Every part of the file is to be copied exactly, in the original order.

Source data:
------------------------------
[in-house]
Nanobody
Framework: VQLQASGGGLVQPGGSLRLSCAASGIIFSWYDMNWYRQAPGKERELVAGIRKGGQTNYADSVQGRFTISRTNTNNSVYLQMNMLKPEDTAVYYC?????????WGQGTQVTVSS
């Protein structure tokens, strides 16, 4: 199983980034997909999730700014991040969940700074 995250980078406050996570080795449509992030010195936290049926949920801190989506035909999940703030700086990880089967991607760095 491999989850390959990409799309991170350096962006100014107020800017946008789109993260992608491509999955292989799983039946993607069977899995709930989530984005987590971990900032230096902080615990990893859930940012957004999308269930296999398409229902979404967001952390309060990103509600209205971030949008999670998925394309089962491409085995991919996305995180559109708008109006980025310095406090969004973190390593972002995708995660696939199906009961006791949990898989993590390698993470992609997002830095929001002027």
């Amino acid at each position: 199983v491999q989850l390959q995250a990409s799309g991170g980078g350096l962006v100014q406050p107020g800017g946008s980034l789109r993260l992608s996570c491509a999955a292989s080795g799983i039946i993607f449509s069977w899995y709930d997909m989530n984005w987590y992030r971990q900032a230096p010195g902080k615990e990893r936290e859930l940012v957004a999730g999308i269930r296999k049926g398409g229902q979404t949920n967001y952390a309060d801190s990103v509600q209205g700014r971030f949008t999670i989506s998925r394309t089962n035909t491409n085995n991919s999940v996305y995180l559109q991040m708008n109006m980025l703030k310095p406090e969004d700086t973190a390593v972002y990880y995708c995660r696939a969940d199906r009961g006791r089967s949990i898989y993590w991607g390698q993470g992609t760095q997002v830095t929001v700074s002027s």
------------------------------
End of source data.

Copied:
[in-house]
Nanobody
Framework: VQLQASGGGLVQPGGSLRLSCAASGIIFSWYDMNWYRQAPGKERELVAGIRKGGQTNYADSVQGRFTISRTNTNNSVYLQMNMLKPEDTAVYYC?????????WGQGTQVTVSS
């Protein structure tokens, strides 16, 4: 199983980034997909999730700014991040969940700074 995250980078406050996570080795449509992030010195936290049926949920801190989506035909999940703030700086990880089967991607760095 491999989850390959990409799309991170350096962006100014107020800017946008789109993260992608491509999955292989799983039946993607069977899995709930989530984005987590971990900032230096902080615990990893859930940012957004999308269930296999398409229902979404967001952390309060990103509600209205971030949008999670998925394309089962491409085995991919996305995180559109708008109006980025310095406090969004973190390593972002995708995660696939199906009961006791949990898989993590390698993470992609997002830095929001002027």
């Amino acid at each position: 199983v491999q989850l390959q995250a990409s799309g991170g980078g350096l962006v100014q406050p107020g800017g946008s980034l789109r993260l992608s996570c491509a999955a292989s080795g799983i039946i993607f449509s069977w899995y709930d997909m989530n984005w987590y992030r971990q900032a230096p010195g902080k615990e990893r936290e859930l940012v957004a999730g999308i269930r296999k049926g398409g229902q979404t949920n967001y952390a309060d801190s990103v509600q209205g700014r971030f949008t999670i989506s998925r394309t089962n035909t491409n085995n991919s999940v996305y995180l559109q991040m708008n109006m980025l703030k310095p406090e969004d700086t973190a390593v972002y990880y995708c995660r696939a969940d199906r009961g006791r089967s949990i898989y993590w991607g390698q993470g992609t760095q997002v830095t929001v700074s002027s």